The United Arab Emirates, known for its lavish building projects like the Burj Khalifa, is also financing an equally ambitious robot project. PAL Robotics, based in Barcelona, Spain, was contracted to build a robot that could stand next to the likes of Honda’s ASIMO. Now, after nearly a decade, the company has unveiled its third generation humanoid robot.
Named after an island off the coast of Abu Dhabi, the REEM robots have been in development since 2004, and it’s all thanks to one wealthy science fiction fan. “It’s owned by the United Arab Emirates royal family,” explains Professor Noel Sharkey, professor of Robotics and Artifical Intelligence at the University of Sheffield, in an interview with robotsandavatars.net. “The young prince is a big Star Trek fan, and so he spent a few million pounds getting all these really good engineers to build this robot for him.”
REEM-A, which looked a little like a storm trooper crossed with C-3PO, took just one year to build. By 2006, it had been programmed to walk and play chess, and it could recognize faces, objects, and verbal commands. In 2007, it placed second in RoboCup soccer’s Adult Size league, which involved one-on-one penalty kicks. That same year at Wired NextFest, it one-upped robots like KAIST’s HUBO and Honda’s ASIMO (which were limited to pre-rehearsed stage shows) by walking around freely amongst the show’s visitors.
By 2008, the team’s second generation robot, REEM-B, took its first steps. This version of the robot was able to carry up to 12 kg (26 lb), which made it the strongest bipedal humanoid robot at that time. One of REEM-B’s more unusual design features included laser range finders on its feet, which could generate maps of its surroundings as it walked. And it was capable of operating for up to 2 hours on its internal batteries, about double the running time of Honda’s ASIMO.
However, REEM-B still lagged behind Honda’s robot in some respects, since ASIMO was able to walk faster and even run. Tempting as it might be, making direct comparisons between the two isn’t really fair, as Honda’s robotics budget is more than ten times that of the REEM robots. And besides, REEM-B was built in less than half the time of Honda’s first complete humanoid prototype.
In 2010, the company debuted the first commercial version of the robot simply titled REEM, which it designed to roam around malls, airports, and other busy places where it would interact with the public. Keeping speed and safety in mind, it scoots around on wheels rather than legs, and can carry your bags in its luggage compartment. A large touch screen in its chest can show you maps or the latest sales.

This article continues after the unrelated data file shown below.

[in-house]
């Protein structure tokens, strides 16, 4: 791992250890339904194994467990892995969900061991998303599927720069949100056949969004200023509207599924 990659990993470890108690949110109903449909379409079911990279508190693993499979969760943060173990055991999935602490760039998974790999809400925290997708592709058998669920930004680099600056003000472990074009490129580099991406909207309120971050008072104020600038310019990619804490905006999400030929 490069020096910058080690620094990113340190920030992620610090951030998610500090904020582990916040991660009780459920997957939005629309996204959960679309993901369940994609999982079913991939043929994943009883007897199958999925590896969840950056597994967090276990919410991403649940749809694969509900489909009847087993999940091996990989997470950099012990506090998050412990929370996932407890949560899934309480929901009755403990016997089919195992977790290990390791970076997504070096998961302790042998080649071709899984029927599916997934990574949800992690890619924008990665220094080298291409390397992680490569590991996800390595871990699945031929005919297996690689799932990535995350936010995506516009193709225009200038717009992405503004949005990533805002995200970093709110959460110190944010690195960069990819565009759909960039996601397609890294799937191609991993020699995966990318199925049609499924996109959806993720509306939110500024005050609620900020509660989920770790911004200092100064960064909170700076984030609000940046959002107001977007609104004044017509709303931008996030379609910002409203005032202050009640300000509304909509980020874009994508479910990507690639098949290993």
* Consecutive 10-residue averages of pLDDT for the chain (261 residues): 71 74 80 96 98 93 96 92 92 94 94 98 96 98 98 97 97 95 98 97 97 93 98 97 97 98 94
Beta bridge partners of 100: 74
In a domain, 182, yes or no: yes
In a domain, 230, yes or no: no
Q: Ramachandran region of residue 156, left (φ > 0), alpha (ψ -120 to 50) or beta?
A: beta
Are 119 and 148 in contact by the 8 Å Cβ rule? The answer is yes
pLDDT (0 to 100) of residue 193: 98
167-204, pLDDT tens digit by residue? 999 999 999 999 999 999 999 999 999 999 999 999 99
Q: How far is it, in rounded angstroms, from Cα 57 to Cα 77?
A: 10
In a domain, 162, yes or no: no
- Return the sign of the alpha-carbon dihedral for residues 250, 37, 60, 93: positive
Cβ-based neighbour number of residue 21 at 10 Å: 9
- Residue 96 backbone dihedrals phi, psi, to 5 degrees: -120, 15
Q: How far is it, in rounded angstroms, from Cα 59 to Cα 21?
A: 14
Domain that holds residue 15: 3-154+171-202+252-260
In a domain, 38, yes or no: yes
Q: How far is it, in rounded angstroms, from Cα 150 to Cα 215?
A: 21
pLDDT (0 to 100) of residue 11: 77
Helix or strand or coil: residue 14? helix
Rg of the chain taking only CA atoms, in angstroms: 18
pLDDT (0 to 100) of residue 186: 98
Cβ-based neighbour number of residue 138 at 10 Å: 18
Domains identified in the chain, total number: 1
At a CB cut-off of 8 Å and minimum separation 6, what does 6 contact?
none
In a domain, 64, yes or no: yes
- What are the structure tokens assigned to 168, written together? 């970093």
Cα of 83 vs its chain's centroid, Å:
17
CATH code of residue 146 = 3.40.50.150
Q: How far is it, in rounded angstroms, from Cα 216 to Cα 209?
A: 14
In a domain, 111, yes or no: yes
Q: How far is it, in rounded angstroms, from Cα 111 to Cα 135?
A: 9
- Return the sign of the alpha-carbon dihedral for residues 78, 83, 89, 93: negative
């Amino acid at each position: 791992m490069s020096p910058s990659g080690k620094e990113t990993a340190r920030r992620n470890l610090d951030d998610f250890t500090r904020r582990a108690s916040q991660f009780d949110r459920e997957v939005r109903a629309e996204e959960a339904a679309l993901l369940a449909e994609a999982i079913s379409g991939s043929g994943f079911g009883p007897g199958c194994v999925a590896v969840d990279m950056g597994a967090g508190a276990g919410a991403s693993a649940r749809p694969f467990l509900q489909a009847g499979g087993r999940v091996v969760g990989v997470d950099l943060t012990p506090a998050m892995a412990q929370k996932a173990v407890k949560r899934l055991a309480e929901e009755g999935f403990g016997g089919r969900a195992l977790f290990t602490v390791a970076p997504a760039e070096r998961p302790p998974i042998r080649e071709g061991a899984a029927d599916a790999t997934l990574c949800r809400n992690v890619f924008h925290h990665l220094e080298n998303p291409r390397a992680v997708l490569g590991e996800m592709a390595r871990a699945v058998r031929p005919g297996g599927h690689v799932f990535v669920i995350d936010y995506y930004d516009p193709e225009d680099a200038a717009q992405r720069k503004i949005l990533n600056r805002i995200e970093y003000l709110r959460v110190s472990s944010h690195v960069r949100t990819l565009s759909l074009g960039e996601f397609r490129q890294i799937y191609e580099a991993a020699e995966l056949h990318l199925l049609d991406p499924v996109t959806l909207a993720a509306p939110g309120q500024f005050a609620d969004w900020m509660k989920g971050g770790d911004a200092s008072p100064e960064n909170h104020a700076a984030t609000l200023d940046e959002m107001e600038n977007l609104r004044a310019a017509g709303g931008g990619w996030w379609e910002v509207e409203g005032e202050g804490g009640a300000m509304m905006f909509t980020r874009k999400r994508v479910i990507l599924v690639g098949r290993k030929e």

In October of that year, PAL Robotics held a contest to gather design ideas for its next generation humanoid. I decided to enter, and though I ended up winning the contest, my design wasn’t used (if you’re curious, you can see what it looked like here). Since then I’ve been excited to see how REEM-C would turn out, and it looks like they decided to maintain consistency with their service robot. This allowed them to reuse components, such as the arms, hands, and other parts which have been grandfathered into the design of REEM-C.
Unlike its earlier bipeds, which were never mass produced or sold, PAL Robotics’ third generation robot is available to purchase for use as a research platform. It follows a similar trajectory as KAIST’s HUBO robots, which are now being sold to universities around the globe for hundreds of thousands of dollars apiece. According to PAL Robotics, REEM-C is ideal for exploring all sorts of robotics problems including walking, grasping, navigation, whole body control, human-robot interaction, and more.
REEM-C stands 165 cm tall (5 ft 4 in) tall and weighs 70 kg (154 lb), and has a total of 44 degrees of freedom. It walks at a maximum speed of just 28 cm/sec (about 1 ft per second), which is on the slow side, but because it’s brand new that is likely to improve with further development.
It has a modular design, which gives some flexibility to parts, but comes equipped with two internal computers as well as stereo cameras, microphones, speakers, and other sensors (including laser range finders on its feet) as standard. Powered by a 48 V Lithium-Ion battery, it can perform for up to 3 hours with frequent movement or 6 hours on stand-by, and takes about 5 hours to fully charge (which is slightly better than its competition).
It’s difficult to judge its value against similar humanoid research platforms without knowing how much it costs, and unfortunately PAL Robotics has not gotten back to me about that. However, I would expect it be somewhere in the range of AIST’s HRP-4 (US$300k), the working counterpart to this android, and KAIST’s HUBO 2 ($400k). Obviously it’s not something your average Joe can afford, but prestigious universities (and royalty) may find it ticks all the boxes.
Article Source: Science & Technology World
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